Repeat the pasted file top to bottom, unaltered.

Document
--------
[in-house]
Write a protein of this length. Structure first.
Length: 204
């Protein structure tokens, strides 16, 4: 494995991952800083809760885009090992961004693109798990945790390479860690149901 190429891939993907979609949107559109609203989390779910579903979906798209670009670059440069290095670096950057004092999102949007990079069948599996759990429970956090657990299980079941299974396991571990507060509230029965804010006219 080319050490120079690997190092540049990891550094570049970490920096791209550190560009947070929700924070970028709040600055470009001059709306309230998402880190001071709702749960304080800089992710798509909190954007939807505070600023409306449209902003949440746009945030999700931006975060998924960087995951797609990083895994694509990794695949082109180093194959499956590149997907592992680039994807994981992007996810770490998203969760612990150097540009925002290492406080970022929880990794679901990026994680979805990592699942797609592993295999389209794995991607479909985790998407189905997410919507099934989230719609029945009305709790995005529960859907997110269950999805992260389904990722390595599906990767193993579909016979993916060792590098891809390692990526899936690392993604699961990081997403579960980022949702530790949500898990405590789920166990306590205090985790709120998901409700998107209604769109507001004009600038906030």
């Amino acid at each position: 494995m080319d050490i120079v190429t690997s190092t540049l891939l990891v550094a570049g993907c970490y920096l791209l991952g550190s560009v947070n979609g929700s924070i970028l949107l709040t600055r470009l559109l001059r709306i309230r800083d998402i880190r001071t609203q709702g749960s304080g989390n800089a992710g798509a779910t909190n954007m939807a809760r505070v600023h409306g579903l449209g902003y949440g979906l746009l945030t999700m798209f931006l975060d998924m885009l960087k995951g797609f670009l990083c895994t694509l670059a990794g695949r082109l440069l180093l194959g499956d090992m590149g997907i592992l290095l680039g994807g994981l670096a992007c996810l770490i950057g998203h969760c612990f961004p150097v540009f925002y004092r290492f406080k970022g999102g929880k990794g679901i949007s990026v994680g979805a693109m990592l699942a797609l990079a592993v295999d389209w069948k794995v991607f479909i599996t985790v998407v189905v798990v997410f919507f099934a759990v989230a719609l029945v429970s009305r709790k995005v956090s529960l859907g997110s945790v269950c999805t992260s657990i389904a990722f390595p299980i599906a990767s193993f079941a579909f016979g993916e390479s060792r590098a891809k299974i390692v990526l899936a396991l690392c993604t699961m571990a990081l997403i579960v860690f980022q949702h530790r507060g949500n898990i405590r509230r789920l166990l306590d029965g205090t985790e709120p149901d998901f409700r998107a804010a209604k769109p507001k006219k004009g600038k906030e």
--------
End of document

[in-house]
Write a protein of this length. Structure first.
Length: 204
């Protein structure tokens, strides 16, 4: 494995991952800083809760885009090992961004693109798990945790390479860690149901 190429891939993907979609949107559109609203989390779910579903979906798209670009670059440069290095670096950057004092999102949007990079069948599996759990429970956090657990299980079941299974396991571990507060509230029965804010006219 080319050490120079690997190092540049990891550094570049970490920096791209550190560009947070929700924070970028709040600055470009001059709306309230998402880190001071709702749960304080800089992710798509909190954007939807505070600023409306449209902003949440746009945030999700931006975060998924960087995951797609990083895994694509990794695949082109180093194959499956590149997907592992680039994807994981992007996810770490998203969760612990150097540009925002290492406080970022929880990794679901990026994680979805990592699942797609592993295999389209794995991607479909985790998407189905997410919507099934989230719609029945009305709790995005529960859907997110269950999805992260389904990722390595599906990767193993579909016979993916060792590098891809390692990526899936690392993604699961990081997403579960980022949702530790949500898990405590789920166990306590205090985790709120998901409700998107209604769109507001004009600038906030």
């Amino acid at each position: 494995m080319d050490i120079v190429t690997s190092t540049l891939l990891v550094a570049g993907c970490y920096l791209l991952g550190s560009v947070n979609g929700s924070i970028l949107l709040t600055r470009l559109l001059r709306i309230r800083d998402i880190r001071t609203q709702g749960s304080g989390n800089a992710g798509a779910t909190n954007m939807a809760r505070v600023h409306g579903l449209g902003y949440g979906l746009l945030t999700m798209f931006l975060d998924m885009l960087k995951g797609f670009l990083c895994t694509l670059a990794g695949r082109l440069l180093l194959g499956d090992m590149g997907i592992l290095l680039g994807g994981l670096a992007c996810l770490i950057g998203h969760c612990f961004p150097v540009f925002y004092r290492f406080k970022g999102g929880k990794g679901i949007s990026v994680g979805a693109m990592l699942a797609l990079a592993v295999d389209w069948k794995v991607f479909i599996t985790v998407v189905v798990v997410f919507f099934a759990v989230a719609l029945v429970s009305r709790k995005v956090s529960l859907g997110s945790v269950c999805t992260s657990i389904a990722f390595p299980i599906a990767s193993f079941a579909f016979g993916e390479s060792r590098a891809k299974i390692v990526l899936a396991l690392c993604t699961m571990a990081l997403i579960v860690f980022q949702h530790r507060g949500n898990i405590r509230r789920l166990l306590d029965g205090t985790e709120p149901d998901f409700r998107a804010a209604k769109p507001k006219k004009g600038k906030e």